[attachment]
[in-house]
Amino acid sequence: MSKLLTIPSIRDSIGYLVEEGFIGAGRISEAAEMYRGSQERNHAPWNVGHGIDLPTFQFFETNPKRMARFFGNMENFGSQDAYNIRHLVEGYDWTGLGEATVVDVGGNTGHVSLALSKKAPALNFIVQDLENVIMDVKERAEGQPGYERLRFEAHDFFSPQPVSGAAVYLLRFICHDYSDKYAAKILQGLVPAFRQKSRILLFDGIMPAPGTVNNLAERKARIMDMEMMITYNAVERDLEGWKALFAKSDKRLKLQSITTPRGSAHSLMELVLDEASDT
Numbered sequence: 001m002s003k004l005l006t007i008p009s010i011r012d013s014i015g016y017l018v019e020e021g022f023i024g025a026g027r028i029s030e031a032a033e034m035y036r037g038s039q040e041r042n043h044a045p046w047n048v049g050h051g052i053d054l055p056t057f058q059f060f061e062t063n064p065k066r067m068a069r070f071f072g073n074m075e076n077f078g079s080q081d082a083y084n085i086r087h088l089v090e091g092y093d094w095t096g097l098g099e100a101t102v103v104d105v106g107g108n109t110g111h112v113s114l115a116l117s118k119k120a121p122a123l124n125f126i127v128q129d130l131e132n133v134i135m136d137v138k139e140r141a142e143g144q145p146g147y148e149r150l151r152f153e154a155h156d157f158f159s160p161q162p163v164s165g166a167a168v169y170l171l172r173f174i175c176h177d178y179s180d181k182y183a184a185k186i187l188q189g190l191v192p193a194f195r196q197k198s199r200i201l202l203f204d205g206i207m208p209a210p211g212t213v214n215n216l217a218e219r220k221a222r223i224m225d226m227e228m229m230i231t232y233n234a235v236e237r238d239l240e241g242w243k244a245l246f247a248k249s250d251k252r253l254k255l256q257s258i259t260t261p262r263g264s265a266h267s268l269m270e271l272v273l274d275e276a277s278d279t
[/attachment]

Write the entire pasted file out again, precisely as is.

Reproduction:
[in-house]
Amino acid sequence: MSKLLTIPSIRDSIGYLVEEGFIGAGRISEAAEMYRGSQERNHAPWNVGHGIDLPTFQFFETNPKRMARFFGNMENFGSQDAYNIRHLVEGYDWTGLGEATVVDVGGNTGHVSLALSKKAPALNFIVQDLENVIMDVKERAEGQPGYERLRFEAHDFFSPQPVSGAAVYLLRFICHDYSDKYAAKILQGLVPAFRQKSRILLFDGIMPAPGTVNNLAERKARIMDMEMMITYNAVERDLEGWKALFAKSDKRLKLQSITTPRGSAHSLMELVLDEASDT
Numbered sequence: 001m002s003k004l005l006t007i008p009s010i011r012d013s014i015g016y017l018v019e020e021g022f023i024g025a026g027r028i029s030e031a032a033e034m035y036r037g038s039q040e041r042n043h044a045p046w047n048v049g050h051g052i053d054l055p056t057f058q059f060f061e062t063n064p065k066r067m068a069r070f071f072g073n074m075e076n077f078g079s080q081d082a083y084n085i086r087h088l089v090e091g092y093d094w095t096g097l098g099e100a101t102v103v104d105v106g107g108n109t110g111h112v113s114l115a116l117s118k119k120a121p122a123l124n125f126i127v128q129d130l131e132n133v134i135m136d137v138k139e140r141a142e143g144q145p146g147y148e149r150l151r152f153e154a155h156d157f158f159s160p161q162p163v164s165g166a167a168v169y170l171l172r173f174i175c176h177d178y179s180d181k182y183a184a185k186i187l188q189g190l191v192p193a194f195r196q197k198s199r200i201l202l203f204d205g206i207m208p209a210p211g212t213v214n215n216l217a218e219r220k221a222r223i224m225d226m227e228m229m230i231t232y233n234a235v236e237r238d239l240e241g242w243k244a245l246f247a248k249s250d251k252r253l254k255l256q257s258i259t260t261p262r263g264s265a266h267s268l269m270e271l272v273l274d275e276a277s278d279t